Planning for College – Winter

Planning for College.

How does it happen so fast? Here we are in December; for many students, it is already halfway through the academic year! Whether in Grades 9, 10, 11, or 12, it’s time to take stock of what you have achieved in recent months and plan for the critical months ahead. While there is no ‘right’ way to prepare for applying to college, the pointers in this blog should help you keep on track.

Grade 9 and 10/ Freshman and Sophomore.

The winter break is a good point for taking stock of what you have been doing over the last few months and ensuring you are prepared for the rest of the academic year. However, it is also time to make some longer-term plans.

  • If you have received or are about to receive an end-of-semester report, try not to look at it as teachers handing out marks. Instead, try to draw satisfaction from the things that have gone well and learn where they haven’t. If you are struggling, ask your teachers where your gaps in understanding are and put a plan in place to go over those topics again.

  • Many students find the move from Grade 8 to 9 a challenge, particularly managing to keep on track and up to date with their work. If this sounds like you, I encourage you to use a planner to help you use your time more effectively. At Ivy Central, we like using the free downloadable templates from Passion Planner.

  • Keep playing an active part in lessons; remember, you don’t want to be the one sitting at the back, not contributing until you are asked.

  • If you need help, ask!

  • If you are in Grade 10, you should consider what subjects to do in Grades 11 and 12. Take the time to research the options you are interested in; does the coursework interest you? Will it be helpful for what you want to study at college or university? Are there any specific subject requirements for any career you might be interested in?

  • December is the month when many competitive summer programs open for applications. Spending your summer participating in one of these programs can help build your application profile, so consider spending a few weeks deep diving into a topic that interests you or perhaps working on a research project alongside a Ph.D. student.

  • Continue with extra-curricular activities you are involved with; are there new things you would like to try? 

Grade 11/Junior Year.

In many ways, this is when your application season begins. Grade 12 have just about finished their applications, so teachers and counselors switch their focus toward those in Grade 11.

  • If you still need to build a college list, now is the time to start. You can begin by creating a long list of colleges you would consider applying to. These may be ones you have heard about; perhaps a relative went there or is there now. Then, you can use respected sources on the internet to help you explore them in more detail.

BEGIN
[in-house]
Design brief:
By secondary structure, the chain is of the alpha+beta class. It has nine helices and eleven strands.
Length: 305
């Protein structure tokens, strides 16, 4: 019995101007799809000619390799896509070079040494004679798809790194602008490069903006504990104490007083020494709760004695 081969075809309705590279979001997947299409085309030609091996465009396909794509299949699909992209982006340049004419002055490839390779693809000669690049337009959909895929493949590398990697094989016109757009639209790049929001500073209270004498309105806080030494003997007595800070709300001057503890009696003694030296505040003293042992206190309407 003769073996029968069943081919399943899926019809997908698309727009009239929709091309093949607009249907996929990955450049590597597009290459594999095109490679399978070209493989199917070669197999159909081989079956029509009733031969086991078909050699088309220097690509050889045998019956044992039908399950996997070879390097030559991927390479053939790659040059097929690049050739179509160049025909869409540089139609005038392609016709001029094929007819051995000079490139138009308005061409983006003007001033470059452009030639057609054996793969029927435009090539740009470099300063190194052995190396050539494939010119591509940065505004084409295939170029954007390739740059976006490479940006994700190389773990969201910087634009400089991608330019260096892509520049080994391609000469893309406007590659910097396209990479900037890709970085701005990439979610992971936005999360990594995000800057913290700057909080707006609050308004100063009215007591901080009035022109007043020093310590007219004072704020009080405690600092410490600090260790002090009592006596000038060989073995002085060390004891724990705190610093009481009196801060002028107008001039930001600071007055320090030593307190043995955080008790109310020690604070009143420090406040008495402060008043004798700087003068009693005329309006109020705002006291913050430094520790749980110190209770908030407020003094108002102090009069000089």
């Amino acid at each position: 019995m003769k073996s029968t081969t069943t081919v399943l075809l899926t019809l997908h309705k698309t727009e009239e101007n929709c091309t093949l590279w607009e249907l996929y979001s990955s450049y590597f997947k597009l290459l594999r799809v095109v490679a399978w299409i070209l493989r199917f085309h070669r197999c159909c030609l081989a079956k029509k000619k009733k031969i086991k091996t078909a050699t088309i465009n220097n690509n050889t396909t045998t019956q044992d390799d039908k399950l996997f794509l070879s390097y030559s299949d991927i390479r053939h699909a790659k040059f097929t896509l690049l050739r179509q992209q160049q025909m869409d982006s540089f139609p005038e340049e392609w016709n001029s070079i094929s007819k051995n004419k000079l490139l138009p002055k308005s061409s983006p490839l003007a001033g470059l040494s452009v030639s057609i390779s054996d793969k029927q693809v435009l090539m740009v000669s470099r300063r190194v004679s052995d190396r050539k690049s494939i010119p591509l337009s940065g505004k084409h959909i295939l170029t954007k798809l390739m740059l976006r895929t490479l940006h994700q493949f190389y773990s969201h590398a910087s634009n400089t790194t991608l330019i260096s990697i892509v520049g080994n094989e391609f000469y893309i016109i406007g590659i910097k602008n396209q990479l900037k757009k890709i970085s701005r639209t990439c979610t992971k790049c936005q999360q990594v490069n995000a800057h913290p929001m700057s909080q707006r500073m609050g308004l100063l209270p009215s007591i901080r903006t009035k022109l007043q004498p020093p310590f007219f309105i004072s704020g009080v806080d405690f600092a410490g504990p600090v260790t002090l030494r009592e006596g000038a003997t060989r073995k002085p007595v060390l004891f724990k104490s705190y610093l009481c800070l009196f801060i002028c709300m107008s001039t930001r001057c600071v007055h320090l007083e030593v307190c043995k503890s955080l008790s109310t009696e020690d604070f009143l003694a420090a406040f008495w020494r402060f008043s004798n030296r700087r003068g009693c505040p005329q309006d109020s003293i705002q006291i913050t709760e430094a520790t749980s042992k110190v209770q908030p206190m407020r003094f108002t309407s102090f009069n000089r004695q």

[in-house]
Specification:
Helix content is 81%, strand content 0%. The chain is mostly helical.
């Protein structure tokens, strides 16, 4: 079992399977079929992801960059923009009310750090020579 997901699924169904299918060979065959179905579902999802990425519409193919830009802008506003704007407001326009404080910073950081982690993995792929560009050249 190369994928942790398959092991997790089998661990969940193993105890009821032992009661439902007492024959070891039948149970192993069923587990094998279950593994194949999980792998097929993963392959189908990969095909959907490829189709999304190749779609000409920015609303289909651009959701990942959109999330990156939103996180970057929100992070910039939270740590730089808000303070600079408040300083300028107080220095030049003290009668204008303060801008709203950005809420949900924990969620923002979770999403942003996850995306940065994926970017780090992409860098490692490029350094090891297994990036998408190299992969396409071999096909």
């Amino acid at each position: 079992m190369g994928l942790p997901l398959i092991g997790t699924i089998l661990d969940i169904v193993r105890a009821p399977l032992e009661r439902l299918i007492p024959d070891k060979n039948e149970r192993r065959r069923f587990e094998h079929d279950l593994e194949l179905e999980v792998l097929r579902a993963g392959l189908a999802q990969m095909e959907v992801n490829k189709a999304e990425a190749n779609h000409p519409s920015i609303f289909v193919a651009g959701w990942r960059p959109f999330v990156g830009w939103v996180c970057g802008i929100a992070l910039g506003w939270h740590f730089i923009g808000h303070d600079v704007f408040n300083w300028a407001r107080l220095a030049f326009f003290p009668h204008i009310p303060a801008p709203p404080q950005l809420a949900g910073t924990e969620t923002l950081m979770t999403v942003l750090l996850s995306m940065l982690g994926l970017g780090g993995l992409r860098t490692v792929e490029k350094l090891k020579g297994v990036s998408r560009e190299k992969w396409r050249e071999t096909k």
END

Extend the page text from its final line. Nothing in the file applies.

• Talk to your family about any considerations they would like you to consider when looking at colleges. For example, they may want you to focus your college search on particular parts of the US or insights into what type of college will best fit you.

  • One area that can be more difficult to discuss with parents is how your college will be funded. Attending college is expensive, around $40,000 to $60,000, depending on the college, so having a clear understanding of what your family can afford at the beginning of your search can save you time and heartache.

  • As with students in Grades 9 and 10, now is the time to apply for a competitive summer program.

  • Grade 11 is when most of our students will sit an SAT or ACT test. If you didn’t do the test during the first few months of Grade 11, then the next sitting of the SAT will be in March and will be the first of the ‘new’ style SATs. If you have not done so, download the online SAT Bluebook, which has four complete practice tests to help you prepare. The next ACT test will be in early February. 

Grade 12/Senior Year

Crunch time! If you applied early to any colleges, you should have heard back from them by the middle of December; if you have been accepted, congratulations, you are going to college. On the other hand, if you didn’t apply, have been rejected, or were deferred from your early applications, it’s all to play for.

  • The end of December sees the start of the Regular Decision (RD) round of applications. Before you submit your application go over it again. If you were rejected from your early applications, can you see why? Consider your college list. If you were not accepted in the early round, ensure that all the colleges you apply to RD are not of a similar level, and ensure you have a safety or two.

  • If you have been deferred from the early round, don’t let that stop you from applying to other colleges in the hope that your deferment will convert into an acceptance. Instead, send a Letter of Continued Interest (LCI) to your deferred college in January, letting them know that you still want to go there and updating them with the great things you have achieved since your initial application.

  • Keep motivated. Once all your college applications have been submitted, you can ease off a little on the school work, but try to avoid it. Colleges can and do withdraw offers of places from students who don’t perform as well as expected in their final assessments. Evidence suggests that students whose final grades are lower than expected are more likely to drop out of college.

Working with study abroad consultants, overseas education consultants or as more commonly known, college counselors can help you plan ahead and make those high school years count. Ivy Central offers exceptional focus to help you prepare for college admissions throughout the high-schooling years. Start today!

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